This week's smorgasbord table is particularly full, so I'm going to split it into two different editions. The first one is about news stories, etc, that I've found this week. The second edition is going to feature research. But since I think of news more as hors d'ouerves, it's coming up first.
Miss England contestant is of 'normal' weight. Okay, so how darn sad is it that a Miss England (or Miss-Country-of-your-choice) who looks like the rest of us is a massive, international news story? If she had, say, really big feet, only her mother would care. A sixth toe might warrant a mention in her hometown newspaper. Instead, newspapers and magazines around the world are discussing the fact that a potential Miss England is a Size 16 UK (Size 12/14 US).
A British dietician, Monica Grenfell, has this to say about Chloe Marshall, the contestant:
Feted and fawned over for her courage in daring to break the mould, Chloe boasts she wants to be an "ambassador for curves".
Who on earth does she think she's kidding? What she's demonstrating isn't bravery but a shocking lack of self-control.
Instead of flaunting her figure, Chloe ought to own up to the truth. She is fat and she got that way by over-eating.
Pardon me, but how the hell do you know?
The title of Ms. Grenfell's editorial is "A role model for ordinary women? No, Miss England finalist is fat, lazy and a poster girl for ill health." Now, I'm going to assume that you spent large amounts of time with Chloe, Ms. Grenfell, since you can attest that she got fat by over eating, and that she is lazy. You are asserting these things as fact, so I hope you can back them up. Now, let's think for a minute. Chloe is fat, which means she spends all day on the couch eating bags of potato chips. As lazy as that is (and it IS lazy, since Chloe is fat, and fat people are lazy, which means this MUST be true), it does take some small amount of energy to move your hand from your mouth, to the bag of chips, back to your mouth, back to the chips, until the bag is gone and you get off your fat ass to go get another. Repeat until bedtime. Even with this itsy bitsy small amount of energy, it is still FAR LESS LAZY than failing to challenge a whit of your assumptions.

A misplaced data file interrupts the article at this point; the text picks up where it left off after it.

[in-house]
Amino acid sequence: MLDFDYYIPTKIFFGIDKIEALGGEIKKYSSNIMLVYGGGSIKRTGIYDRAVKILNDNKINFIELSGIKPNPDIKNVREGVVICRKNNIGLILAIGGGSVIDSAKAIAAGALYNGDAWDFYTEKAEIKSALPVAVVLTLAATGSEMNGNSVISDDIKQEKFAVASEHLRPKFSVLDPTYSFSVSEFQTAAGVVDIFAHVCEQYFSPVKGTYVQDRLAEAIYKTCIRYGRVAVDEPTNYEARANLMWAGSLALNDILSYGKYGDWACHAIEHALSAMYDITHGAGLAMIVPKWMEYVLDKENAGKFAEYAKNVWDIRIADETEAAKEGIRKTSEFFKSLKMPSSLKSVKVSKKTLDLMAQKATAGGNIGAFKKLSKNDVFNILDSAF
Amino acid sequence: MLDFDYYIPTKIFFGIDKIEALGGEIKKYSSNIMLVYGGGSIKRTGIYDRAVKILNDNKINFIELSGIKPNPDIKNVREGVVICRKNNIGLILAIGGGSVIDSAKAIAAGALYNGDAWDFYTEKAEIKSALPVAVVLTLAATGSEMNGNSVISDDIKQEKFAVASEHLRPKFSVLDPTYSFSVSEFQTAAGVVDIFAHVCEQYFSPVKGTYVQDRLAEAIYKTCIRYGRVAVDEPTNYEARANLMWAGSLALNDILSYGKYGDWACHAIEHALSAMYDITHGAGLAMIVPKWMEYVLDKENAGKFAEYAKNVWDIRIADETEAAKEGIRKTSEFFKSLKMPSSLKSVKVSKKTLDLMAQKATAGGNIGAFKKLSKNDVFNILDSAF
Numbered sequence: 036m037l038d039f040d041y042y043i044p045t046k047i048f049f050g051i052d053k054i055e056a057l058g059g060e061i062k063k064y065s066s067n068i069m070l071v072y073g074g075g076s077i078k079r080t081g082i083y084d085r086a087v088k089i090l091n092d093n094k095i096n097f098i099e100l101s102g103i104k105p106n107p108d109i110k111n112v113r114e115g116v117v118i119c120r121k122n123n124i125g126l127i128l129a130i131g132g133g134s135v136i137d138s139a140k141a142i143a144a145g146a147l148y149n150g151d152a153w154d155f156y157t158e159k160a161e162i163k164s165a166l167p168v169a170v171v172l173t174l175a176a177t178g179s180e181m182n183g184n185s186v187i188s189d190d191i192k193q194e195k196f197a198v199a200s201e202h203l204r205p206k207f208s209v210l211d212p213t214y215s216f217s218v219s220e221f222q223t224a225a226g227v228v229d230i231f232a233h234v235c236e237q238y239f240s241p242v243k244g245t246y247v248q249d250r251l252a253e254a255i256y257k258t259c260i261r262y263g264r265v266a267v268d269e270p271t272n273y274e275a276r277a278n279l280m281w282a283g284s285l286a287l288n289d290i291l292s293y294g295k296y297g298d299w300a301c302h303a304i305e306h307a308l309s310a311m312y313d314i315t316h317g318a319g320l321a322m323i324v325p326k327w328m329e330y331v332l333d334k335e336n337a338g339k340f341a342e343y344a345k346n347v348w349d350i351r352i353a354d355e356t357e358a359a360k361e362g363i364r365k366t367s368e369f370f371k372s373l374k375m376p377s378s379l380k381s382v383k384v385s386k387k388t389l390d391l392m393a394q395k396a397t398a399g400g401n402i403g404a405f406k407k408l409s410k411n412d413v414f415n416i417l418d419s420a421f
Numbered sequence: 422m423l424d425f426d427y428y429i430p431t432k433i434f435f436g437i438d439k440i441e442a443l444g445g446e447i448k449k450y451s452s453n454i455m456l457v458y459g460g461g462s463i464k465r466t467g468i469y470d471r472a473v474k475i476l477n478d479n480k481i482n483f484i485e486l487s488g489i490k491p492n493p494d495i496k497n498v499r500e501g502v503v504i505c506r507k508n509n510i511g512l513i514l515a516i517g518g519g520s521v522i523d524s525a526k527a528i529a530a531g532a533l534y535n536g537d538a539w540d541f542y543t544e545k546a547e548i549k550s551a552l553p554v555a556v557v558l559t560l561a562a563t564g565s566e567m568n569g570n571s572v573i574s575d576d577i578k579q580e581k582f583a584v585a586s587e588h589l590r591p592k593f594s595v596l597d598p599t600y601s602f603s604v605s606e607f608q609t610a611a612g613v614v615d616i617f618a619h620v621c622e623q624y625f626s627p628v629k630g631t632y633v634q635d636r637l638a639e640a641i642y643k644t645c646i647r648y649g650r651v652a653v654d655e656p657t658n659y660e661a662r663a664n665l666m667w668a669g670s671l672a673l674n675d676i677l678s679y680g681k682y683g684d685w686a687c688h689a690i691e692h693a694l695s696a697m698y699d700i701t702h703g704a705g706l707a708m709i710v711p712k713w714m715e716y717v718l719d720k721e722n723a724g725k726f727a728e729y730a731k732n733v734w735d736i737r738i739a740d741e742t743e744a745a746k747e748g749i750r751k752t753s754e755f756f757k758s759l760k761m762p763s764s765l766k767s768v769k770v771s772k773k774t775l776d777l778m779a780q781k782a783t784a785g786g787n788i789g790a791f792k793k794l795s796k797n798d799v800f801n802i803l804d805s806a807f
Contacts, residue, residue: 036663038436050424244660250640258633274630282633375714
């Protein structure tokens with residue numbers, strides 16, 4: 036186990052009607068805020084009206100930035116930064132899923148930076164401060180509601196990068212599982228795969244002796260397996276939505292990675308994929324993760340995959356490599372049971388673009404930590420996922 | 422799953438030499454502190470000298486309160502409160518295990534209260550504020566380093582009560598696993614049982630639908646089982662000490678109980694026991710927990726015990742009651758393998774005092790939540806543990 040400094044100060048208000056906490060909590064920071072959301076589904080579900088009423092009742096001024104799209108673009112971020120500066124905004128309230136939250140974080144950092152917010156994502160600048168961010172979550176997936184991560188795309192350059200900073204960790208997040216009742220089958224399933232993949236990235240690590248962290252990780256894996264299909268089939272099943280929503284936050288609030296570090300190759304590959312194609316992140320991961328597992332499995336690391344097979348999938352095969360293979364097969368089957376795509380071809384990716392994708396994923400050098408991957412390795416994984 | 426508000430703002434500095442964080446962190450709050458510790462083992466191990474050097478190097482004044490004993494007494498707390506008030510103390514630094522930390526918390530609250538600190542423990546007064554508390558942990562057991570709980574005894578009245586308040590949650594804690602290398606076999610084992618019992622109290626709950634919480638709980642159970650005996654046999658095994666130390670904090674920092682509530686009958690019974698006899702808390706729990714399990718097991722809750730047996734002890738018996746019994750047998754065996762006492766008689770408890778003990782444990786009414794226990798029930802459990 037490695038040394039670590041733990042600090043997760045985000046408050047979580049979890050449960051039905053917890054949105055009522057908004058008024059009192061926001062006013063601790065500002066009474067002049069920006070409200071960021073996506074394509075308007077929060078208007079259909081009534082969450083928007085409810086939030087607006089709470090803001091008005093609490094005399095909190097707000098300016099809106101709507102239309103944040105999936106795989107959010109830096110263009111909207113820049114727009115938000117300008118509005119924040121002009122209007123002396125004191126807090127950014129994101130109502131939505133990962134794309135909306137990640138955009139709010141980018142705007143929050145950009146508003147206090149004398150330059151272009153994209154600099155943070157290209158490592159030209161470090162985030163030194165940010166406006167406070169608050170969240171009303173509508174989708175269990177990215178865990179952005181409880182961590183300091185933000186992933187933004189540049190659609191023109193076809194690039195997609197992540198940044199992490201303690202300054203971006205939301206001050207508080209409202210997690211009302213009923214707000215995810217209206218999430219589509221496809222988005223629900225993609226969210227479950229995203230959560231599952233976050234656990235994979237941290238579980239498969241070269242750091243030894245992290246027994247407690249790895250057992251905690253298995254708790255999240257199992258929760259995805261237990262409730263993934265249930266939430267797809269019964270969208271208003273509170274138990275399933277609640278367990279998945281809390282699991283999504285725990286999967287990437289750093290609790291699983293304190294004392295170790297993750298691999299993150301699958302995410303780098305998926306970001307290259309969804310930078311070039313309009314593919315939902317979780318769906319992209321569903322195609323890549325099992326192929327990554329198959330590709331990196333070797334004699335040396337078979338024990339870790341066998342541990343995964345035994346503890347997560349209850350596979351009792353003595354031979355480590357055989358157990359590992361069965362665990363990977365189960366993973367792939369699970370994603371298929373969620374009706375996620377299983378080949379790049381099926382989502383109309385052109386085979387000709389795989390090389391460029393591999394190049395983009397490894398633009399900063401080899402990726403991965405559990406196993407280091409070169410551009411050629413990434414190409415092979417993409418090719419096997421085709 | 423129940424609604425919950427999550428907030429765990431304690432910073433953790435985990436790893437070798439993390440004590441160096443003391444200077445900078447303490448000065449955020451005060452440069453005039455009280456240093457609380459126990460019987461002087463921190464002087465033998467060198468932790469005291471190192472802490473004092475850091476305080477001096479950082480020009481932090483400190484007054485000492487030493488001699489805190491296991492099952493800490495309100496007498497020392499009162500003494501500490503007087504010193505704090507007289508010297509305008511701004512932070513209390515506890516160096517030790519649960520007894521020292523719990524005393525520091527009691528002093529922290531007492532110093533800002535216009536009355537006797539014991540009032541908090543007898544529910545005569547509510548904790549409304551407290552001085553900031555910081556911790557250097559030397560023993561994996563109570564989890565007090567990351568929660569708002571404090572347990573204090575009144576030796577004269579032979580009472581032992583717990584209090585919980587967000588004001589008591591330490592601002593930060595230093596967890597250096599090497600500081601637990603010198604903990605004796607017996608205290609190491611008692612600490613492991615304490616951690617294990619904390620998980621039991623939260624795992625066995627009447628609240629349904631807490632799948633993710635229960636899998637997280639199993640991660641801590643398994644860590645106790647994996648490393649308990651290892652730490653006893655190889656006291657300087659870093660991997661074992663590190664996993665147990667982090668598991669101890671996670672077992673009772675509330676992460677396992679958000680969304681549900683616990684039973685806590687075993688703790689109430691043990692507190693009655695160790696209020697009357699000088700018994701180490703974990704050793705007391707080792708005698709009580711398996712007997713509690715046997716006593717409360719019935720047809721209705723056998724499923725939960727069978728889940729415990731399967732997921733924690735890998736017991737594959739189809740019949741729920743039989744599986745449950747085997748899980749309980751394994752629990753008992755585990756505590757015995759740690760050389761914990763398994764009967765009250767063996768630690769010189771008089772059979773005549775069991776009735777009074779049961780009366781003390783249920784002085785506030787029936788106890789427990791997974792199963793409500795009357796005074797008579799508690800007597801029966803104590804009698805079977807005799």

You say people 'should' have a BMI of 20. Six billion people in the world, and only one BMI? And if that's an imperative here (should is, by my book, an imperative), then all of the other contestants will need to gain weight. But I don't hear you complaining or worrying about them. Or citing the evidence that only a BMI of 20 is acceptable.
I know you will probably say that you are writing these editorials because you are concerned about the state of Britain's health, etc. Maybe you are- thankfully, I don't live inside your head, nor do I gratutiously assume things about other people. But what I'm guessing is at stake here is your feelings of superiority because you are thin. If people like Chloe are accepted for being 'fat' (even though she's only a tad into the overweight category- her BMI is actually 25.3, rather than 26), then you won't get to feel superior for being thin. People used the same arguments during the civil rights movement. We don't want to decrease segregation because the quality of education will go down. Crime will go up. The actual outcome is less important than the fact that one more feeling of false superiority is chipped away.
Don't worry- you still have meanness and pettiness that are superior to many.
And I know for a fact that Chloe has self control- heaps of it. Why? She hasn't sat on you yet.
Responsible talk on nutrition and eating disorders. Another story that really shouldn't be on my radar, but if I'm going to blog about the bad, I also need to blog about the good.
It's National Nutrition Month- which kind of strikes me like having a history month called National Dead White Guy History Month. Isn't that, like, every month? Do we really need to be more aware of it? Can we?
Well, the folks at Jacksonville State University discussed nutrition and the new food pyramid in what is quite possibly the most responsible, healthy way yet. The nutritionist mentioned the importance of physical activity in a healthy lifestyle (as opposed to the "thou must run to stay thin" mantra that is oft-repeated at seminars like this). Also the importance of fruits and vegetables. They are important, I won't deny that.
But the last half of the (short) article are just nicely put and don't need any help (or lack thereof) from me to make the point:
A major point Moore stressed to those present was that "being healthier does not necessarily mean being thinner."
She explained the negative effects of a society rich in cheap high calorie foods and at the same time obsessed with appearance can have on adults and adolescents. Moore reminded the group that children are more at risk than adults.
"A child affected by an eating disorder can potentially do more damage to their body than an adult because they have not yet fully developed," Moore said. She said in addition to anorexia nervosa and bulimia nervosa, a new health risk associated with compulsive exercising called anorexia athletica is also an issue.
See you bright and early tomorrow morning for the research course of your weekly smorgasbord.